For honest sex consent is never implied

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Consent is key to sex, but some people are still trying to pick the lock.
Most students had a sex education class in middle or high school. While these programs teach anatomy and how bodies mature, most programs do not teach about consent.
Consent is a fundamental part of sex. It is the affirmative, avid and active agreement between people who wish to engage in sexual activity. While this concept may seem obvious, consent is still a concept that society is wrestling with.
Consent is not implied. There are no blurred lines. Let’s be clear:
Consent is not given if the person is under the influence. If a man or a woman cannot even drive home, they are not able to give consent because their judgment is impaired.
Consent is not necessarily given even if a person does not object. Not objecting does not mean they agreement. Consent requires expressed verbal agreement
Consent cannot be given if the person is unconscious. Prior consent does not apply if the person has passed out or is sleeping.
Consent is not given if the person is giving into pestering or bullying. Succumbing to peer pressure is not consent and can lead to prosecution of the perpetrator.
Consent is not given if the person gives a reluctant answer. “I guess…” or weak “…okay,” responses show that a person may be reluctant to agree to sexual activity. If a person hesitates, they may not be all that willing. Consent should be given with an affirmative and avid “yes.”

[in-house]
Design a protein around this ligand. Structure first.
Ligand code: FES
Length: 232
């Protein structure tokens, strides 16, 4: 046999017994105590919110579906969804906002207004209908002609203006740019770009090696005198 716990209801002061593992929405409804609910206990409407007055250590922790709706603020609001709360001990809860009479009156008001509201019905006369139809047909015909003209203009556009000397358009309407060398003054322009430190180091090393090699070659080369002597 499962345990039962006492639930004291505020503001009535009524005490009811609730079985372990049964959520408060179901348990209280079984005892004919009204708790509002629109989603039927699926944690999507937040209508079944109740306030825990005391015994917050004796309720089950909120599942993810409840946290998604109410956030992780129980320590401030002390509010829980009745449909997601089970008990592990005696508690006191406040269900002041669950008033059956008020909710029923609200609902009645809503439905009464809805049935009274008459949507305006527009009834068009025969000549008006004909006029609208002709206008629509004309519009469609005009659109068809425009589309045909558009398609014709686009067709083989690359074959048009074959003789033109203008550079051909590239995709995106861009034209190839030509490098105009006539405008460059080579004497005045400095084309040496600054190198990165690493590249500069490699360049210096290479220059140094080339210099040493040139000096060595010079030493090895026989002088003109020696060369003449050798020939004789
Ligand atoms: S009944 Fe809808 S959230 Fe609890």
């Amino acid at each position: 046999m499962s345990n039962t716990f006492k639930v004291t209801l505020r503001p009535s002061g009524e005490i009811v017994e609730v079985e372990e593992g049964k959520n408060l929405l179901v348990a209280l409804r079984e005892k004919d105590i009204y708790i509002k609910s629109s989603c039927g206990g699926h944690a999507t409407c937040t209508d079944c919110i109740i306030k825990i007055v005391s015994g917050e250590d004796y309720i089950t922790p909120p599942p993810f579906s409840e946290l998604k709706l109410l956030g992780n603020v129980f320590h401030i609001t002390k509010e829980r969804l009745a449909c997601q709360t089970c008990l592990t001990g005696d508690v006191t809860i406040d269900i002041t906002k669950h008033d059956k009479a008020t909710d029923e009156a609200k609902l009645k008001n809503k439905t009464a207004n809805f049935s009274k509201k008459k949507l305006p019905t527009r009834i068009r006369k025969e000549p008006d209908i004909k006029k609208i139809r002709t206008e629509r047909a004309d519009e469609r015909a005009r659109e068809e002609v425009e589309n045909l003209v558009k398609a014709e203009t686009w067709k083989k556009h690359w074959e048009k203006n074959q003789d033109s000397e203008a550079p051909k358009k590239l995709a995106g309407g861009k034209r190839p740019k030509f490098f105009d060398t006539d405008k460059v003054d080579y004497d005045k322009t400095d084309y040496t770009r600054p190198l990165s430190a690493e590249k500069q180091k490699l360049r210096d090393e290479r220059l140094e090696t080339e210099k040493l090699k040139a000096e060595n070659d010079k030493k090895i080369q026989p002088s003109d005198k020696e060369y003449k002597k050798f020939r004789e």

There are some things to keep in mind while engaging in sexual activity to ensure that your partner is comfortable and still giving consent.
Pay attention to body language. If a partner seems to tense up, shy away from touch, or fall silent second thoughts may have crept in. Keep in mind that participants should be appear to be enthusiastic about the activities.
It is wise to get verbal reassurance from your partner. A simple, “is this okay?” or “would it be okay if…?” should suffice. Be sure to get verbal feedback. It is okay to stop if either party express discomfort.
Have a discussion afterwards. Take a few minutes after the activity to discuss what was and what was not enjoyed. It is important to be attentive to a partner’s likes and dislikes.
A person may give consent at the start of sexual activity, but can revoke if the situation becomes uncomfortable. It is important that people express their discomfort or when they are unwillingness to continue. While it may be frustrating, it is important to be an understanding partner and not badger or make someone feel guilty for revoking consent.
A recent study funded by the Center for Disease Control concluded that 10 percent of high school and college-aged people have coerced another person into sexual activity.
The study also finds that the age of 16 seems to be when teens are most likely to coerce others into doing things against their will.
Teaching consent at an early age and reinforcing it through higher levels of education is the key to preventing sexual assault and empowering individuals to speak up against pressure.

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